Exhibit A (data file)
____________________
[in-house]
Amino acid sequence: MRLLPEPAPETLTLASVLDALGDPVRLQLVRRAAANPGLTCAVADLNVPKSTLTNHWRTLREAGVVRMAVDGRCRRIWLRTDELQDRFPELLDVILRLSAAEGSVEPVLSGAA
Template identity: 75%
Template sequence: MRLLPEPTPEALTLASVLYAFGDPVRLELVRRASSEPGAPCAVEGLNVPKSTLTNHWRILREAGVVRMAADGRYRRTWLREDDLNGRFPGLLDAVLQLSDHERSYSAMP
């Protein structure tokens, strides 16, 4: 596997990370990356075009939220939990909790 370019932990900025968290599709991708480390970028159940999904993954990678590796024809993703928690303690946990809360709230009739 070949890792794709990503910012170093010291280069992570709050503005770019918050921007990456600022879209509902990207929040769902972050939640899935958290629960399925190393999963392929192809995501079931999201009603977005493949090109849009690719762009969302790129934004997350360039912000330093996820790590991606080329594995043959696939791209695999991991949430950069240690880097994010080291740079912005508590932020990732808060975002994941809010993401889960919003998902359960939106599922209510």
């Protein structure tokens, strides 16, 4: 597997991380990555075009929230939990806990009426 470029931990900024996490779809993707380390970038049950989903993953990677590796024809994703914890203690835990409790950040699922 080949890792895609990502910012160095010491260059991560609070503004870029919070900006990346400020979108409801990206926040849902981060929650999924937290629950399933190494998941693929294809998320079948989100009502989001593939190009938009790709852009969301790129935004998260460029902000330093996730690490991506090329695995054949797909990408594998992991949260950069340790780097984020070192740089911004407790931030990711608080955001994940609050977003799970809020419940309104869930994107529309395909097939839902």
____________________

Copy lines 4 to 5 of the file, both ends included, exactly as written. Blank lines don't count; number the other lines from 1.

Template sequence: MRLLPEPTPEALTLASVLYAFGDPVRLELVRRASSEPGAPCAVEGLNVPKSTLTNHWRILREAGVVRMAADGRYRRTWLREDDLNGRFPGLLDAVLQLSDHERSYSAMP
């Protein structure tokens, strides 16, 4: 596997990370990356075009939220939990909790 370019932990900025968290599709991708480390970028159940999904993954990678590796024809993703928690303690946990809360709230009739 070949890792794709990503910012170093010291280069992570709050503005770019918050921007990456600022879209509902990207929040769902972050939640899935958290629960399925190393999963392929192809995501079931999201009603977005493949090109849009690719762009969302790129934004997350360039912000330093996820790590991606080329594995043959696939791209695999991991949430950069240690880097994010080291740079912005508590932020990732808060975002994941809010993401889960919003998902359960939106599922209510």